As longtime industry watcher and No Jitter blogger Tom Nolle, president of CIMI Corp., noted in his most recent post, thinking that all of IT would shift to the cloud is now and has always been a “dumb” idea. However, as he noted, “what we’re now realizing is that the cloud is going to play a major role in applications for nearly every enterprise.” So, if you ask enterprise IT professionals whether they’ve embraced the cloud, you’re likely to hear a resounding chorus of “yeses.” Certainly, we’ve seen traction in cloud communications, as businesses of all sizes continue to turn to the as-a-service delivery model for UC, contact center, and other collaboration functions -- whether to supplement or replace on-premises installations.
Among the 127 enterprise IT professionals who responded to our 2018 Cloud Communications survey, for example, 63% said their enterprises are using cloud communications services, up from the 56% of respondents who told us the same in our 2017 survey. And the growth trend will carry into 2019, as enterprises continue looking for more flexible, agile, and scalable alternatives or complements to their legacy communications platforms. Indeed, some 79% of this year’s respondents indicated their use of cloud offerings would increase within the next year.
Click through this slideshow to discover more of what we’ve learned about enterprise use of cloud communications through this year’s survey.
When examining functions used within a unified communications-as-a-service (UCaaS) suite, video conferencing comes out on top -- even beating out voice calling, at 72% compared to 59%, as shown above. Is video truly becoming the default for enterprise communications, as has long been envisioned? Interestingly, IM/presence, a longtime UC staple, falls behind these two as well as screen sharing, with just more than half of respondents indicating use in their organizations (while screen sharing is in use within 58% of organizations). Perhaps this can be, in part, explained by an encroachment on IM by team messaging apps… and for more on that, see the next slide.
When looking at standalone cloud communications apps, team collaboration is hands-down the service in most widespread use -- let’s call it the Slack effect. Slightly more than two-thirds -- 68% -- of respondent organizations are using team collaboration apps. That’s well ahead of voice calling, the next closest on usage, which comes in at 41%, as shown above.
As we saw in the previous slide, team collaboration is getting the most traction among standalone cloud communications apps. Looking out over the next 12 months, the trend will continue, our data shows. When asked which additional communications functions their organizations would be getting via the cloud within the next 12 months, team collaboration once again jumped out as the leading contender.
Single source or best of breed is a dilemma that has long plagued IT when it comes to selecting technology solutions. The move to the cloud changes nothing there. As our data shows, above, fewer than 30% of organizations are committed to a single cloud communications provider. Additionally, half of respondents (51%) said the number of providers they use for communications services has increased compared to a year ago versus only 8% of organizations that have decreased the number of providers. This will be an interesting space to watch as cloud providers evolve their platforms and forge integrations to become the center of a user’s work universe. Will the trend to add in more vendors reverse itself?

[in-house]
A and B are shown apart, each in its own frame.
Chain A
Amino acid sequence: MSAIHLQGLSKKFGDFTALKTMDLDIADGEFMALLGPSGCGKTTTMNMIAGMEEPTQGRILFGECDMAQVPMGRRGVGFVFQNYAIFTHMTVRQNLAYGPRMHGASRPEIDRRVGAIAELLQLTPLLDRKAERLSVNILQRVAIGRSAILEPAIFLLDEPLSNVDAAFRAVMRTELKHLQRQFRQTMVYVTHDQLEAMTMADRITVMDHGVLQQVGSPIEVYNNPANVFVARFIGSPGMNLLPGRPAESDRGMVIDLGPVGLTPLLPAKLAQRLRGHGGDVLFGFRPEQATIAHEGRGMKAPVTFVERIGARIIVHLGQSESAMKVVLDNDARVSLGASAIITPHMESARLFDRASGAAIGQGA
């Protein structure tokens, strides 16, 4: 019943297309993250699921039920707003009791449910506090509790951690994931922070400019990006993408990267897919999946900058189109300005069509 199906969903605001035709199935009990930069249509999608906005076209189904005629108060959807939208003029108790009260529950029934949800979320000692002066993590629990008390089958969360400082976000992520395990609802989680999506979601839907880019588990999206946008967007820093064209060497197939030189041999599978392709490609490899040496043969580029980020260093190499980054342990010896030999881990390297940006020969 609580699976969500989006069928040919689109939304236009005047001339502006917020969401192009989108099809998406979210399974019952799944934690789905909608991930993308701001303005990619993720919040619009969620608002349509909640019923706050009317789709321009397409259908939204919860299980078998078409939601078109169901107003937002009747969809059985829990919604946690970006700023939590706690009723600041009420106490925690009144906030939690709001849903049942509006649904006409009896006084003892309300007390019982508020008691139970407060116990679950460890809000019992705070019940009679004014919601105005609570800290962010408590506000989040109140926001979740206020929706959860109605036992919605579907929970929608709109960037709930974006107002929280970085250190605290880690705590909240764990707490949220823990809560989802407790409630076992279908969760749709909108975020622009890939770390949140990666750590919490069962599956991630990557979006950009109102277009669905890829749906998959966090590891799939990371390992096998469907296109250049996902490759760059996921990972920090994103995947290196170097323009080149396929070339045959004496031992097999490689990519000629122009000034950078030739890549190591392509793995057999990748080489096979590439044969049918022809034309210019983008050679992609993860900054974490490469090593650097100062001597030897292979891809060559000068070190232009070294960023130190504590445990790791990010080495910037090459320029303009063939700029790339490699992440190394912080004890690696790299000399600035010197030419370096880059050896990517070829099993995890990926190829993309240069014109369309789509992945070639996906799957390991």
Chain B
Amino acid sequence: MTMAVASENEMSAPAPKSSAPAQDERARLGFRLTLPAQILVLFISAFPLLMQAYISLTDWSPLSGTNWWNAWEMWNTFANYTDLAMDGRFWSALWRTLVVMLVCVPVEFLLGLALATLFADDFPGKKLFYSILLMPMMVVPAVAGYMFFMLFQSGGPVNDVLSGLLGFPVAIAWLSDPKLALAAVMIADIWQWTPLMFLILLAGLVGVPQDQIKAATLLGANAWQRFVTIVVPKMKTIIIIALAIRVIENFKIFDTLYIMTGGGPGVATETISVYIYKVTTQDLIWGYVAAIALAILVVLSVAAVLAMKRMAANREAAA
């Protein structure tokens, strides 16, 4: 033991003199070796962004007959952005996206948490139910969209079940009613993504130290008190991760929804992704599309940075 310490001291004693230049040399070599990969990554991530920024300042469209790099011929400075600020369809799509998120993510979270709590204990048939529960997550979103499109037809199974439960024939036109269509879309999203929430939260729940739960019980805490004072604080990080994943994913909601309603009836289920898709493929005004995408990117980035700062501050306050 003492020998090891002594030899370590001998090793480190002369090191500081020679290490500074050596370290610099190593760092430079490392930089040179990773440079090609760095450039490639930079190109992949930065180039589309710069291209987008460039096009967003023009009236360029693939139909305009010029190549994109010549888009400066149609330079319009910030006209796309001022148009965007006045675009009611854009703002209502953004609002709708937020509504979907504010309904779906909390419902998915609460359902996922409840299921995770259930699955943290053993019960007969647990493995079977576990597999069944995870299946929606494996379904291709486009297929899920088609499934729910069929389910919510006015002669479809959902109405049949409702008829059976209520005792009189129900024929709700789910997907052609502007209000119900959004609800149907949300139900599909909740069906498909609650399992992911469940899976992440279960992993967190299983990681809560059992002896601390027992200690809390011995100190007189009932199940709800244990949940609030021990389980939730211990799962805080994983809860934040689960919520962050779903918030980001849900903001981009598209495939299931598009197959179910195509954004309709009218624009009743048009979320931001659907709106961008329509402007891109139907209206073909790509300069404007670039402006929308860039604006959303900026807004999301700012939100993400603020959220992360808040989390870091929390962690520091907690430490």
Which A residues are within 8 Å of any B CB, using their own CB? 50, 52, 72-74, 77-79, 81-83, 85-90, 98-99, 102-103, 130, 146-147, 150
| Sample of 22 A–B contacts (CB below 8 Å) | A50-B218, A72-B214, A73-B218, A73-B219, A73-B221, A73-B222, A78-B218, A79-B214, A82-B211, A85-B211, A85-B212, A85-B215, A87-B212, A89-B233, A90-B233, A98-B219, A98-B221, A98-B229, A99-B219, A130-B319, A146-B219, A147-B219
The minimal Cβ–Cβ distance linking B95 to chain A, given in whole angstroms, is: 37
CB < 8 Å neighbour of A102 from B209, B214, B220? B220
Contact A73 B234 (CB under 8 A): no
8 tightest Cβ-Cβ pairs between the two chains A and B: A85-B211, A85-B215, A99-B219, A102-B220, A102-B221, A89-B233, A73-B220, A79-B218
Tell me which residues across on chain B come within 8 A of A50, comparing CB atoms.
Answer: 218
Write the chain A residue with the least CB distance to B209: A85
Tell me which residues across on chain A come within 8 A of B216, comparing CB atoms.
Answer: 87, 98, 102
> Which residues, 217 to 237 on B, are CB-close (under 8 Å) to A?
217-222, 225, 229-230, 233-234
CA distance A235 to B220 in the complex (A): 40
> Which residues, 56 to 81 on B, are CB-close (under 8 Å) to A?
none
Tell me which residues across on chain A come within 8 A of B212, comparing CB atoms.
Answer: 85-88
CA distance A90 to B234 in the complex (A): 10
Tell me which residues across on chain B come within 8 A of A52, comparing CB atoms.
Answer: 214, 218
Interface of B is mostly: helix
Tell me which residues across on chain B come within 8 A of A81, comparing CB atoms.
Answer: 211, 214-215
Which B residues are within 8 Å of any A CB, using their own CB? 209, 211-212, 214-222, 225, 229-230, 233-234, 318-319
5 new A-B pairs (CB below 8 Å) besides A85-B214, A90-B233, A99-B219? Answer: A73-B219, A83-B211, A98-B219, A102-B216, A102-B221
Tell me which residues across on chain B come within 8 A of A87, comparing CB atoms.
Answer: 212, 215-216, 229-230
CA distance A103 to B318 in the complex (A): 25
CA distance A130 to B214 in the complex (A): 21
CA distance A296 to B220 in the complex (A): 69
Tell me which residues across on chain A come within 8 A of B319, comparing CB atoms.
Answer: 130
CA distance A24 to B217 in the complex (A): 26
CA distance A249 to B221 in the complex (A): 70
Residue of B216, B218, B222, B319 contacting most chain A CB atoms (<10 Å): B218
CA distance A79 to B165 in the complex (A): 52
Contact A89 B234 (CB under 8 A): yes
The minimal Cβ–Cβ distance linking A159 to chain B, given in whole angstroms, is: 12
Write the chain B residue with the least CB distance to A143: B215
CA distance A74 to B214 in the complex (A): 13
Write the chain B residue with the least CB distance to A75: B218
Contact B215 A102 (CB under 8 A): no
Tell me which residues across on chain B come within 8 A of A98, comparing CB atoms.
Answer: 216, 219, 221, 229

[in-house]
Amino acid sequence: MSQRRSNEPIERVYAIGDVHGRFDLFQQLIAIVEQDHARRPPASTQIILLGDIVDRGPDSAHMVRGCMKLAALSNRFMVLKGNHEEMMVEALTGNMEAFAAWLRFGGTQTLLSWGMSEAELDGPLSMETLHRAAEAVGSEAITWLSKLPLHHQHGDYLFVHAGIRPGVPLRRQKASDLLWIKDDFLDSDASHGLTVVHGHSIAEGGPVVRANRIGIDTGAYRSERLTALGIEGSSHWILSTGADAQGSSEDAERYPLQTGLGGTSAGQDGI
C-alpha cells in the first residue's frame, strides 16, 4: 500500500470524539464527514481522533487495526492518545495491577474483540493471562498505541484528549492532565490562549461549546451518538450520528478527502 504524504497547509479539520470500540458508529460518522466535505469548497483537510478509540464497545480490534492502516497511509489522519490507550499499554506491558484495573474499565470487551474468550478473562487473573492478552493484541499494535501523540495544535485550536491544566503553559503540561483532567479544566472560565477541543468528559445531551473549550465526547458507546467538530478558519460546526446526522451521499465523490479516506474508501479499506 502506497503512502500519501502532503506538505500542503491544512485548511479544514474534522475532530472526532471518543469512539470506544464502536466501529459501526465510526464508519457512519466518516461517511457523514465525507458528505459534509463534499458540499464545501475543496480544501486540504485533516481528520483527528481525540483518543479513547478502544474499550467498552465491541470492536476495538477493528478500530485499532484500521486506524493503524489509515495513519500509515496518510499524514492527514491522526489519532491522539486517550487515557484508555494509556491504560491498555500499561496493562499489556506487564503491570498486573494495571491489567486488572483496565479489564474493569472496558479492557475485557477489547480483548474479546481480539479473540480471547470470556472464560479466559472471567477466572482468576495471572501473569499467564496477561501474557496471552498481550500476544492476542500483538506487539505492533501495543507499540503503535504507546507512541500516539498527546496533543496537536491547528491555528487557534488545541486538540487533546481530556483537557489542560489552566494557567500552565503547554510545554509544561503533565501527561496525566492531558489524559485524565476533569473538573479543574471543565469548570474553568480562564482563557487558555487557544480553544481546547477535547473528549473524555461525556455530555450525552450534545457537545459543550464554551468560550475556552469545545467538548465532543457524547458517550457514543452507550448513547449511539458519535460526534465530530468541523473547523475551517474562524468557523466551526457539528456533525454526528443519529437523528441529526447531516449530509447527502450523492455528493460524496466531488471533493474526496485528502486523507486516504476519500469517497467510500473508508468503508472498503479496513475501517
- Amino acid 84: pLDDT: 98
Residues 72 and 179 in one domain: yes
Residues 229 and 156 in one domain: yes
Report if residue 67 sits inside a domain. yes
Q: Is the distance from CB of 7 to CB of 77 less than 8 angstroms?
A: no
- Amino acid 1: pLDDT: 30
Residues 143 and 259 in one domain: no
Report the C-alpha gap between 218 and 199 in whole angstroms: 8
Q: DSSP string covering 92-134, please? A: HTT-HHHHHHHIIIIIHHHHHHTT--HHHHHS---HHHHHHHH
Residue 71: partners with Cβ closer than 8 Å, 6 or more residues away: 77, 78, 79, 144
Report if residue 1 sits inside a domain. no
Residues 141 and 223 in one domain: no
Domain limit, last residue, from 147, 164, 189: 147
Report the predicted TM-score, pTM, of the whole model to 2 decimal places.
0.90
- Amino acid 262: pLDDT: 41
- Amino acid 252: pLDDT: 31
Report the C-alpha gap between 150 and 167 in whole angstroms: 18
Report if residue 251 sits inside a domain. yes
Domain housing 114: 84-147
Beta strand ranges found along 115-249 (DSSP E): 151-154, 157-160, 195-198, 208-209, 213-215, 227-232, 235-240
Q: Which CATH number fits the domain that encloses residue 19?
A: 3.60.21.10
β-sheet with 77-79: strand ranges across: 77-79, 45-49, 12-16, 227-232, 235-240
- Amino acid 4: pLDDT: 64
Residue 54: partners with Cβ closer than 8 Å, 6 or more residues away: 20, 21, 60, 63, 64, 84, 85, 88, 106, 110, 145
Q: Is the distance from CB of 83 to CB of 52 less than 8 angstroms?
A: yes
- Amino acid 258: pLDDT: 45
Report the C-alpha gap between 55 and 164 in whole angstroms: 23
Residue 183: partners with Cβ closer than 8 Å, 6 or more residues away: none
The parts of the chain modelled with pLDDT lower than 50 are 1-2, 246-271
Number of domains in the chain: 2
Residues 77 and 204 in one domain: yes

As we’ve seen in previous surveys, the tendency for many IT organizations is to stick with what they know, even as they move to the cloud. Put another way, incumbents seem to have an edge among respondent organizations, with nearly two-thirds of respondents either fully migrating from premises systems to a cloud platform from the same vendor or crafting a single-vendor hybrid deployment. A quarter of respondents are going all-in with a cloud platform that’s not from their incumbent vendors, while the remainder (11%) are mixing and matching premises systems and cloud platforms from different vendors.
For more than half our survey respondents (54%), the total cost of ownership (TCO) for their organizations’ cloud communications services are about what they had expected. But for one-third of our respondents, TCO has been higher than anticipated, and a lucky 13% saw costs come in lower than planned. See above for the breakdown of how this looks on a service-by-service basis.
Although the move to the cloud for communications is a clear trend, no single reason leaps out as the most compelling for our survey respondents. In fact, “better scalability,” which tops the list, got that nod from fewer than 25% of respondents; only it, along with only three other factors, cracked the 10% mark. For those organizations that haven’t yet embraced the cloud for communications, security and cost pop up as the two primary reasons among many. “Other” drew a response for nearly one-fifth of respondents, with “adequacy of premises deployment” being a common theme among the explanations for this selection.
Regardless of whether their organizations use cloud communications services today, 49% of our respondents indicated they consider the benefits of migrating to the cloud to be clearly identifiable, with another 21% saying they’re underestimated.